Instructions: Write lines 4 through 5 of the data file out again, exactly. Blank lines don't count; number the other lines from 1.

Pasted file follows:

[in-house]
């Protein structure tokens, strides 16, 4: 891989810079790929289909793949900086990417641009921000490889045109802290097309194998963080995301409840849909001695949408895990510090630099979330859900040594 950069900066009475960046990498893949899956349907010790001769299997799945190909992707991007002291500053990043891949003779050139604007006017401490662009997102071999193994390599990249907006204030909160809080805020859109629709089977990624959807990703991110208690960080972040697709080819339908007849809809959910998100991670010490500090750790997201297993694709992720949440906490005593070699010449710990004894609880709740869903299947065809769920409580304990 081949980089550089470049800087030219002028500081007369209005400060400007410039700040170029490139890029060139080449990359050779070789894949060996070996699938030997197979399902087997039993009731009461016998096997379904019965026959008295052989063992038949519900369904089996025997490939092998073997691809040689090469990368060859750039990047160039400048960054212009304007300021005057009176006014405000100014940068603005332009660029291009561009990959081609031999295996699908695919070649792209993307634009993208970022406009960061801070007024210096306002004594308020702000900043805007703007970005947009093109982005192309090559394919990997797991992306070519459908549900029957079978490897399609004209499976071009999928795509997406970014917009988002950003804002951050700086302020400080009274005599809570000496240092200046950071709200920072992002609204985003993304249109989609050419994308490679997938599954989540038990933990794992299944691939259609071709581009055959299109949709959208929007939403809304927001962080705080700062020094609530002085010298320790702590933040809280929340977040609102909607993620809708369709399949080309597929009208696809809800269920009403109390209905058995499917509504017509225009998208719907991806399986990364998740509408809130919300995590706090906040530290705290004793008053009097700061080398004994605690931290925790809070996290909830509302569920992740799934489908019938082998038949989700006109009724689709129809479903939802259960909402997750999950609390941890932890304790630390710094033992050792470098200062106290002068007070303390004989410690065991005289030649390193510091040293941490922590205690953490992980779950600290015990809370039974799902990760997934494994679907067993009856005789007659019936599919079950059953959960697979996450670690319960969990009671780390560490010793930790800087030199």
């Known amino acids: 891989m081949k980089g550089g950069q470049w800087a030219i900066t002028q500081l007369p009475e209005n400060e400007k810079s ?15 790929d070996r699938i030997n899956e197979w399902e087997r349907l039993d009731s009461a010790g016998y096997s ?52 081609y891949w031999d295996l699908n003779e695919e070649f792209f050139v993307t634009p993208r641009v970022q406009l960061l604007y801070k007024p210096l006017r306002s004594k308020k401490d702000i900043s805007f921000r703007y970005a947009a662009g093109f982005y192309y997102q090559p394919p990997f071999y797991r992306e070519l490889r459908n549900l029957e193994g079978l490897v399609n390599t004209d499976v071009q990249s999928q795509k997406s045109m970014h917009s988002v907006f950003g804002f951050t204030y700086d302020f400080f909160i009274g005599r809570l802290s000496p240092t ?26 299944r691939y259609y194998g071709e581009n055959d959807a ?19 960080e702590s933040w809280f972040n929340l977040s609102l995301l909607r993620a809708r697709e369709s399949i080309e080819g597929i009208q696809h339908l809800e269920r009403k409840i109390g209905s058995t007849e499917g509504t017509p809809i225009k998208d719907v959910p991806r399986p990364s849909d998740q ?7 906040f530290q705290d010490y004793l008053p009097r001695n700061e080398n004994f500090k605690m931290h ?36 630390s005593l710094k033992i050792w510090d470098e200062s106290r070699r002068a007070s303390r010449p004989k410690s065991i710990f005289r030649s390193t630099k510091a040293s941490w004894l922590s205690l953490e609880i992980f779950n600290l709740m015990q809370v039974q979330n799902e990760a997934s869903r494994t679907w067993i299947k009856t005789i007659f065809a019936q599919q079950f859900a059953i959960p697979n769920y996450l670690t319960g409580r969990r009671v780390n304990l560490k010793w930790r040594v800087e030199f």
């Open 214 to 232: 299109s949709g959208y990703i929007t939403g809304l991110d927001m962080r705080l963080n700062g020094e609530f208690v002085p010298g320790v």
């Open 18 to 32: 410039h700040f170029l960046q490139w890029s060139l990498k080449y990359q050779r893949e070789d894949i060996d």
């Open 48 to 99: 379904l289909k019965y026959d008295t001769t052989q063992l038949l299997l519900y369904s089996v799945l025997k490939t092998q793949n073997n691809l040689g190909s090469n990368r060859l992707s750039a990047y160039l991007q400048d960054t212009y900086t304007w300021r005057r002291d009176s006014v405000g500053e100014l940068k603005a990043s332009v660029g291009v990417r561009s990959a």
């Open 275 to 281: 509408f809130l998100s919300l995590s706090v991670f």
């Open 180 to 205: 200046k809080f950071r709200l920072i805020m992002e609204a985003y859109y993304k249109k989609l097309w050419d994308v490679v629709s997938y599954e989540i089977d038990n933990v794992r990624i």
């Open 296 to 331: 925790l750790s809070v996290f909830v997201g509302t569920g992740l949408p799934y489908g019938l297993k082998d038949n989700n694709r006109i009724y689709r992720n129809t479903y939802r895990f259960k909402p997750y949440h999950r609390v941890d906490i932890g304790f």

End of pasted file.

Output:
């Open 214 to 232: 299109s949709g959208y990703i929007t939403g809304l991110d927001m962080r705080l963080n700062g020094e609530f208690v002085p010298g320790v």
């Open 18 to 32: 410039h700040f170029l960046q490139w890029s060139l990498k080449y990359q050779r893949e070789d894949i060996d």